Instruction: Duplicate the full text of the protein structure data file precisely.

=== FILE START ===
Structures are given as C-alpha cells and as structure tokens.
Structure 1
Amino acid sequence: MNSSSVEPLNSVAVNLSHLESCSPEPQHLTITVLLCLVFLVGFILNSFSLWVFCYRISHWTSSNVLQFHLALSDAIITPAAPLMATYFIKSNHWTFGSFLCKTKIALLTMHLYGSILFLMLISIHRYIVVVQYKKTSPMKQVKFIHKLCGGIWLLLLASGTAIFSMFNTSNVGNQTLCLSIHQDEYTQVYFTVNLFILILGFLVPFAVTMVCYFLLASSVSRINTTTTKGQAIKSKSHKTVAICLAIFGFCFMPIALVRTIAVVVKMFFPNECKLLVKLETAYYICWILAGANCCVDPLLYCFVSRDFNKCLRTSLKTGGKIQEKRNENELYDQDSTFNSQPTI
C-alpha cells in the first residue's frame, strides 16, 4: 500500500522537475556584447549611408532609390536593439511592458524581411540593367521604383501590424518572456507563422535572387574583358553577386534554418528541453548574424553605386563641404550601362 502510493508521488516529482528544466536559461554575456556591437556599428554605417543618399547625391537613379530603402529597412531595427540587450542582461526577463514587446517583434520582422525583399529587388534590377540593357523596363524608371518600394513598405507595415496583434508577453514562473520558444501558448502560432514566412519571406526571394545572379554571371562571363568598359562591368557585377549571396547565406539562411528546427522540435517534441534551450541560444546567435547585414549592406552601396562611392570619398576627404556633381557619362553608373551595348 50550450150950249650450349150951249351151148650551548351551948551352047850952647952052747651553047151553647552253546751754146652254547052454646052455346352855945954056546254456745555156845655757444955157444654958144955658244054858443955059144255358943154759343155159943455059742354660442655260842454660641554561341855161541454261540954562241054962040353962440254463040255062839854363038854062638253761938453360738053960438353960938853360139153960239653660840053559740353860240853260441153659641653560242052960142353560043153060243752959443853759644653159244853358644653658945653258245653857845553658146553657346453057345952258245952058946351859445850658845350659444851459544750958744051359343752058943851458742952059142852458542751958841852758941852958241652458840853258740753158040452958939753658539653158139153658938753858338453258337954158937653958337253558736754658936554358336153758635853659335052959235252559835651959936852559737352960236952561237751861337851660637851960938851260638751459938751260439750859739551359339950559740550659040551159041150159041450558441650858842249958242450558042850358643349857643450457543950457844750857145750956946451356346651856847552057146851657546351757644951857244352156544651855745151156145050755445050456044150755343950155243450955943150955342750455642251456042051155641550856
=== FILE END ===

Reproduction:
Structures are given as C-alpha cells and as structure tokens.
Structure 1
Amino acid sequence: MNSSSVEPLNSVAVNLSHLESCSPEPQHLTITVLLCLVFLVGFILNSFSLWVFCYRISHWTSSNVLQFHLALSDAIITPAAPLMATYFIKSNHWTFGSFLCKTKIALLTMHLYGSILFLMLISIHRYIVVVQYKKTSPMKQVKFIHKLCGGIWLLLLASGTAIFSMFNTSNVGNQTLCLSIHQDEYTQVYFTVNLFILILGFLVPFAVTMVCYFLLASSVSRINTTTTKGQAIKSKSHKTVAICLAIFGFCFMPIALVRTIAVVVKMFFPNECKLLVKLETAYYICWILAGANCCVDPLLYCFVSRDFNKCLRTSLKTGGKIQEKRNENELYDQDSTFNSQPTI
C-alpha cells in the first residue's frame, strides 16, 4: 500500500522537475556584447549611408532609390536593439511592458524581411540593367521604383501590424518572456507563422535572387574583358553577386534554418528541453548574424553605386563641404550601362 502510493508521488516529482528544466536559461554575456556591437556599428554605417543618399547625391537613379530603402529597412531595427540587450542582461526577463514587446517583434520582422525583399529587388534590377540593357523596363524608371518600394513598405507595415496583434508577453514562473520558444501558448502560432514566412519571406526571394545572379554571371562571363568598359562591368557585377549571396547565406539562411528546427522540435517534441534551450541560444546567435547585414549592406552601396562611392570619398576627404556633381557619362553608373551595348 50550450150950249650450349150951249351151148650551548351551948551352047850952647952052747651553047151553647552253546751754146652254547052454646052455346352855945954056546254456745555156845655757444955157444654958144955658244054858443955059144255358943154759343155159943455059742354660442655260842454660641554561341855161541454261540954562241054962040353962440254463040255062839854363038854062638253761938453360738053960438353960938853360139153960239653660840053559740353860240853260441153659641653560242052960142353560043153060243752959443853759644653159244853358644653658945653258245653857845553658146553657346453057345952258245952058946351859445850658845350659444851459544750958744051359343752058943851458742952059142852458542751958841852758941852958241652458840853258740753158040452958939753658539653158139153658938753858338453258337954158937653958337253558736754658936554358336153758635853659335052959235252559835651959936852559737352960236952561237751861337851660637851960938851260638751459938751260439750859739551359339950559740550659040551159041150159041450558441650858842249958242450558042850358643349857643450457543950457844750857145750956946451356346651856847552057146851657546351757644951857244352156544651855745151156145050755445050456044150755343950155243450955943150955342750455642251456042051155641550856